There have been a handful of essential boundary-pushing dance full lengths this year – Africa Hitech, Machinedrum and Instra:mental have all turned in stunning records – but bang for buck, Salva’s Complex Housing is standing shoulder to shoulder with that healthy company. It’s a record that synthesizes much of what makes the post-everything dance continuum so exciting, especially funk. Slava’s penchant for neon synths & warm analog tones keep his futuristic tendencies grounded in the past.
Alongside an impressive team, Salva runs Frite Nite, a collective responsible for some of California’s most colourful floorshakers, from B. Bravo’s modern funk to NastyNasty’s warped grime. While everyone has a crew/squad/team these days, the Frite Nite collective show that it pays to be as diverse as possible.
Longshanks managed to have a yack with Salva. They chatted about Complex Housing, Salva’s amazing year so far & what we can expect from his Bass Coast performance…
For many electronic fans, you’re a shiny new face in 2011 – what is the Salva story up until this year? How did you get into producing?
I’ve been at it for a pretty long time, I’ve just been all over the place stylistically. I started as a turntablist when I was 15, I was really into scratching… studied Q-Bert’s Turntable TV VHS tapes for days & days. At the beginning of the 00s I moved from the midwest to Miami where I got hip to 808/bass culture, that’s where I got my start promoting, DJing and producing. I did my time with hip-hop, house, IDM, was into drum & bass (although never DJed it!) and everything in between. Along the way I’ve had a few mentors and made a lot of good homies that influenced my current style.
You’ve had a fantastic 2011 with the release of Complex Housing - has the response to the record fallen in line with what you were trying to accomplish?
Honestly I’m just humbled and excited that it came together, and its always a thrill when I hear that somebody digs it. I sort of view that as the beginners guide to what I do… I tried to fit all my influences into one record, and tried to make it a cohesive modern sound. For all the years I’ve been at it, this was finally like the focused effort of me as an instrumental artist.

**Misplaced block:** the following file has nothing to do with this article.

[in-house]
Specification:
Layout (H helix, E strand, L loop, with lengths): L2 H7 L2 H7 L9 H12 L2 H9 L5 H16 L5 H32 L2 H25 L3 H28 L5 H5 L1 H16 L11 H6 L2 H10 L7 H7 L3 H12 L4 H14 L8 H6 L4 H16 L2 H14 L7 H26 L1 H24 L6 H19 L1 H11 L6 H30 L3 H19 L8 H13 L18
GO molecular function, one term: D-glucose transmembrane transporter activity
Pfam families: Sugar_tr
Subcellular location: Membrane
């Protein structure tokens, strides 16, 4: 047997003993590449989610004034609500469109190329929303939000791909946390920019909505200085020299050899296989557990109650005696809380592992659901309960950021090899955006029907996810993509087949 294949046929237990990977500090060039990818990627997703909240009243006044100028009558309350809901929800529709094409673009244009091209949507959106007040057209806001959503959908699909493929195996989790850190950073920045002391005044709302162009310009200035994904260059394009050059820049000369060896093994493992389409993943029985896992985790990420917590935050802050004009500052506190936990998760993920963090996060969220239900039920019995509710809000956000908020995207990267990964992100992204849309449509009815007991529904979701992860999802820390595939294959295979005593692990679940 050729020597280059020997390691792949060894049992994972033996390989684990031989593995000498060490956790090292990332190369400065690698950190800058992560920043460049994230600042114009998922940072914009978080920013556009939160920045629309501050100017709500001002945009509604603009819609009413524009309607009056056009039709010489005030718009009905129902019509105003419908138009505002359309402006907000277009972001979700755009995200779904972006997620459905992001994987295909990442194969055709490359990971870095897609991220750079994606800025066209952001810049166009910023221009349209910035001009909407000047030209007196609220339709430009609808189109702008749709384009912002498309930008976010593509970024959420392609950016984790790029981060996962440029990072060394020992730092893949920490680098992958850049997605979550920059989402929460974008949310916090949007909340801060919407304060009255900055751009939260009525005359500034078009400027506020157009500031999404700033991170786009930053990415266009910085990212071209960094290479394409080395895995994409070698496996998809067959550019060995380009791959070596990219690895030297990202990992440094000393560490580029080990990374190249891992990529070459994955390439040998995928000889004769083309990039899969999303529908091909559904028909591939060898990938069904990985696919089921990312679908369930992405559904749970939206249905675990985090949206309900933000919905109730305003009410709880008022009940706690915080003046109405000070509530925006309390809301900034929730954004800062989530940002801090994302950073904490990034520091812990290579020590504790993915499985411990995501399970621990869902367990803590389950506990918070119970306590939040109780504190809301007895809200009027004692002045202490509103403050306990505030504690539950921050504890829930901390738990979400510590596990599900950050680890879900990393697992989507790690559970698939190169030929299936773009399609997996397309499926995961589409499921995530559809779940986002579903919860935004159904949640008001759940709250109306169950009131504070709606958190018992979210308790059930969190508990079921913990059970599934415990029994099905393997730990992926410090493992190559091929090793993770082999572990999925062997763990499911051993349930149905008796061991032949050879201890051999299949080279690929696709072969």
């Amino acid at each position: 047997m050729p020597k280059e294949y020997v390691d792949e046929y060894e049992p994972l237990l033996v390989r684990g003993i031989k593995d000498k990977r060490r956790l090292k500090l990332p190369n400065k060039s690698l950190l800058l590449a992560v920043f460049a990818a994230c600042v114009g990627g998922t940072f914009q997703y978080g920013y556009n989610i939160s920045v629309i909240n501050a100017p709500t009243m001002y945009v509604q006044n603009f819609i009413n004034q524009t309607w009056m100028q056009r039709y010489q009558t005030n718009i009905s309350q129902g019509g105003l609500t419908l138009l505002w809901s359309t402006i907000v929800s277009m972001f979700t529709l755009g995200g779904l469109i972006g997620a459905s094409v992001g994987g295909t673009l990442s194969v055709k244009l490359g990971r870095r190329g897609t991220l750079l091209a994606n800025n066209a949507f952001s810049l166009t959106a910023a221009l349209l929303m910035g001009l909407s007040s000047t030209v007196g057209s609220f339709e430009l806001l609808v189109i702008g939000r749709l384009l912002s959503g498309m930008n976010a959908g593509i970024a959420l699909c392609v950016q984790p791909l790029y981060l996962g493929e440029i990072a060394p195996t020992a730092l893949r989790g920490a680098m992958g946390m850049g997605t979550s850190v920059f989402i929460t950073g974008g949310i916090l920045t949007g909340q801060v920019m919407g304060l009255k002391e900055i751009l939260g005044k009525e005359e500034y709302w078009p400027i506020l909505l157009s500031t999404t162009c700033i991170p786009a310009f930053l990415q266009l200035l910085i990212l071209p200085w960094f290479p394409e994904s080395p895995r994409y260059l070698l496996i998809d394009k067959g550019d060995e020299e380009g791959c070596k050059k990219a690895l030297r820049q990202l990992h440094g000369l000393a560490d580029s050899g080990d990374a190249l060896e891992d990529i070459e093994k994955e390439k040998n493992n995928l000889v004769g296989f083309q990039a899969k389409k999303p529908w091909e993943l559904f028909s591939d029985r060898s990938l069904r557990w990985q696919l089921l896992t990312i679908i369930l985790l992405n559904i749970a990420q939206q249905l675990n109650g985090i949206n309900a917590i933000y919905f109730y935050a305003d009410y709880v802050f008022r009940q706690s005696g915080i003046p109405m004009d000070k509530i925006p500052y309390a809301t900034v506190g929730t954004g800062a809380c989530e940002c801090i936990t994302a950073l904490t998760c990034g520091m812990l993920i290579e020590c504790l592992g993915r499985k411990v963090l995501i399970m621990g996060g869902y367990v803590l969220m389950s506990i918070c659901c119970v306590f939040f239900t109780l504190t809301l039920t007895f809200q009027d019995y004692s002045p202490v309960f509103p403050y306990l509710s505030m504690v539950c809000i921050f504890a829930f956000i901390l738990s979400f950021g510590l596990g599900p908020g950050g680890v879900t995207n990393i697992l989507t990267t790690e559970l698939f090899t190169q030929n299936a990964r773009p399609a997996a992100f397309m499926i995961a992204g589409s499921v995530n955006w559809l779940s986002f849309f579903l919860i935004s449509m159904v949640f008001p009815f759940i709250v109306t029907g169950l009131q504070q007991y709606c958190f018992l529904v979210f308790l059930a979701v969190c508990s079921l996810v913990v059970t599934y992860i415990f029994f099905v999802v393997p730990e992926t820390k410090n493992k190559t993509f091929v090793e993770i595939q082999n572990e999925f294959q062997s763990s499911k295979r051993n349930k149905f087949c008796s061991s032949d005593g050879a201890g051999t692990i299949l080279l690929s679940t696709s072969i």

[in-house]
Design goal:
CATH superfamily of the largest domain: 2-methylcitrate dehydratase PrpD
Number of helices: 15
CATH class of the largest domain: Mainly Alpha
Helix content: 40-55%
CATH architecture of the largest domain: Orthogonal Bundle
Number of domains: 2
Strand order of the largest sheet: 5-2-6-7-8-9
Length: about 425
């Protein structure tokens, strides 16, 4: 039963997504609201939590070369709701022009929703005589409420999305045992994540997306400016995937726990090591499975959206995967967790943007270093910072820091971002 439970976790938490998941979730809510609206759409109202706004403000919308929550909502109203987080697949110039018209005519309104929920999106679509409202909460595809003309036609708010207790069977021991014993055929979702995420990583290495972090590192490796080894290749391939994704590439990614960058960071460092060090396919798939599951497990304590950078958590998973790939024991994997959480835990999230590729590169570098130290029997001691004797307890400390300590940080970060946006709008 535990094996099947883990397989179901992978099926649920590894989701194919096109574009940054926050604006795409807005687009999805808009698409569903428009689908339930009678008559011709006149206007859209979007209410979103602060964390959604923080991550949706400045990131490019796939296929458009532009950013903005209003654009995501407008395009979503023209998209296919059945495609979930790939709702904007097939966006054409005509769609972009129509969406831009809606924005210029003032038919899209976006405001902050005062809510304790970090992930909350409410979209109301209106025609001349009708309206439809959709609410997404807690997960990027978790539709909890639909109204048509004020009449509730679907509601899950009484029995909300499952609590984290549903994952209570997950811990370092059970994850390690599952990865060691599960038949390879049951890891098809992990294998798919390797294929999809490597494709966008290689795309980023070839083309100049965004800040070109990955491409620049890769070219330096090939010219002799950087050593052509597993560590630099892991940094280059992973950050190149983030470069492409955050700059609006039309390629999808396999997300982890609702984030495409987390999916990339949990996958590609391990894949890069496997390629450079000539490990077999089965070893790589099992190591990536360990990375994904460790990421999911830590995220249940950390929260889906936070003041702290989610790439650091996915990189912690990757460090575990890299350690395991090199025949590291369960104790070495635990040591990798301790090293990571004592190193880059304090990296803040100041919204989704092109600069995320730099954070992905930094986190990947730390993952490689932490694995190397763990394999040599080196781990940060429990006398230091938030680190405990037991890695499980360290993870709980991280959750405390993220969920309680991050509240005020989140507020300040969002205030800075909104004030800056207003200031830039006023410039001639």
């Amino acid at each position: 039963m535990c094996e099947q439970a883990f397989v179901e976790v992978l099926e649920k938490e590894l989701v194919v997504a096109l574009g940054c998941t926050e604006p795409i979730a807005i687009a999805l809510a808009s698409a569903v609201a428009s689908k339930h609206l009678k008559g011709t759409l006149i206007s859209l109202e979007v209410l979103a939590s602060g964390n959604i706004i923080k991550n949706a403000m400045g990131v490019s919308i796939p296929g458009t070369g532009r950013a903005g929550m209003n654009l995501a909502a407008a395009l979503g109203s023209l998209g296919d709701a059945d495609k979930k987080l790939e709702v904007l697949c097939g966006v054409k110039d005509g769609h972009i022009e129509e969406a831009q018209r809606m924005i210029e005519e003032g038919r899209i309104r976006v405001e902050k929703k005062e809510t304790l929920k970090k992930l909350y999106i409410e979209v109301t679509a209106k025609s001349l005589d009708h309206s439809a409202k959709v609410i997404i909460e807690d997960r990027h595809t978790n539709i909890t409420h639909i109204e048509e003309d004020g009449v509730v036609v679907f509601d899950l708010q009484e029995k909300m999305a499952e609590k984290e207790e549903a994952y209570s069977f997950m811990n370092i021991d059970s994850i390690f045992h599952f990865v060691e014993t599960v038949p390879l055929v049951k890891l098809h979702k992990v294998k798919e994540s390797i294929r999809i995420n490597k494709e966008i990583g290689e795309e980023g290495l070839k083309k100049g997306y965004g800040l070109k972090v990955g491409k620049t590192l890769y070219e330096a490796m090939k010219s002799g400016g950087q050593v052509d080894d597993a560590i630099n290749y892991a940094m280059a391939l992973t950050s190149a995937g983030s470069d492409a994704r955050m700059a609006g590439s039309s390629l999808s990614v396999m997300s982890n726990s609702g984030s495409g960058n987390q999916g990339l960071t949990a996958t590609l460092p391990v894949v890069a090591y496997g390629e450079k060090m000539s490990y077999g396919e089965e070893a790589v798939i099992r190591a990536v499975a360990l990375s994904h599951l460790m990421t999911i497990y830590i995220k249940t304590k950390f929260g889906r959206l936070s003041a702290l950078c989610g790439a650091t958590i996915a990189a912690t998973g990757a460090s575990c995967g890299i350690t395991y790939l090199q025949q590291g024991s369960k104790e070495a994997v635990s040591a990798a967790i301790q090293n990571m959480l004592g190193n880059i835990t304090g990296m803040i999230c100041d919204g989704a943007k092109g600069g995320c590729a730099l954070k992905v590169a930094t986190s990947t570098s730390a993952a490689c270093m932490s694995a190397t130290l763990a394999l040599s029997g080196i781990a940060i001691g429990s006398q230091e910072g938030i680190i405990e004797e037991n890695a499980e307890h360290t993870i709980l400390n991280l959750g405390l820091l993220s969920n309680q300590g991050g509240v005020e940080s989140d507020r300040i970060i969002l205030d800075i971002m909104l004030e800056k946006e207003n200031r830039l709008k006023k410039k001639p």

What are some of the fundamental things you’re hoping your music does, both on the dancefloor & in the headphones?
I do strive to make things dancefloor, but just a pinch more left-field than the pop big room sounds. Really I’m just trying to write effective melodies, hit good rhythms and invoke a feeling.
You’re part of the Frite Nite collective based out of San Francisco. Between Eprom, NastyNasty, B. Bravo and yourself, the crew is packin some serious heat – how did the crew start?
I started the brand shortly after I moved to San Francisco. I didn’t know anybody out west and I kind of just got sick of waiting to be put on by another label, so I started doing parties and hap-hazardly putting out some records. I’ve known Epcot since we were kids, but other than that its all friends I’ve met along the way. We’ve become a pretty tight crew. I think the defining moment label-wise was B. Bravo’s first record Analog Starship and NastyNasty’s The Reef, both totally different sounds that started pulling in audiences from different places.
You, along with B. Bravo, have been mentioned in the same breath as Dam-Funk when critics address the rise of a West Coast funk vibe within underground dance music. Is funk something that you’re channeling literally or is it more of a subconscious influence from your past that produces all that warm West Coast haze?
I used to work with a mentor of mine named J. Todd in Milwaukee… I leared about jazz and funk from him. But really B. Bravo put me on that early west coast sound, the boogie, the soul. He kind of opened me up to why analog synths are important and got me hungry to learn; I started studying piano and composition. I feel in the same respect, I opened him up a bit to some different electronic stuff, which equally you can hear that influence in his music too.
You just found out that you got into the Red Bull Music Academy – what are you hoping to gain from that amazing experience?
I really have no idea what to expect! I’m hoping to make some new friends from other countries, maybe meet a hero during the lectures, and make as much music and learn as much as possible. Going to Spain will be a treat in itself, I’ve never been.
You’re lucky enough to have left North America to perform – how was that experience?
AMAZING. You know everybody is like “its different over there” (meaning Europe). Even in my hip-hop days, the underground rap groups or punk bands would have big fan bases over there and say that was the mecca, that crowds were just more hype there. When I played in Romania it was one of the most rewarding show experiences to date.
How do you feel about the current climate of underground dance music in North America compared with abroad?
Undoubtedly the sounds I gravitate to are simply more syndicated in Europe – the UK especially. Primarily it’s because that’s where it’s being made, but also culture is just different there. Electronic music has always been bigger there. But it’s growing exponentially on this side of the pond.
What can Bass Coast expect from your set? Will you be playing live? Any new tunes for us?
As much as I love being behind turntables, for Bass Coast I’ll be doing more of a live set, playing some of my more catchy melodies from Complex Housing and definitely unleashing a ton of new stuff. : )
Finally, music-wise, what’s got you amped over the last year?
Been studying old school records more than anything! But for new stuff, Machinedrum is my top at the moment. His new record Room(s) is incredible. Same with the Sepalcure stuff. All the juke/footwerk joints on Planet Mu for sure. Shlohmo’s new record about to drop on Friends Of Friends is amazing too! Oh yes and of course all things Mark Pritchard.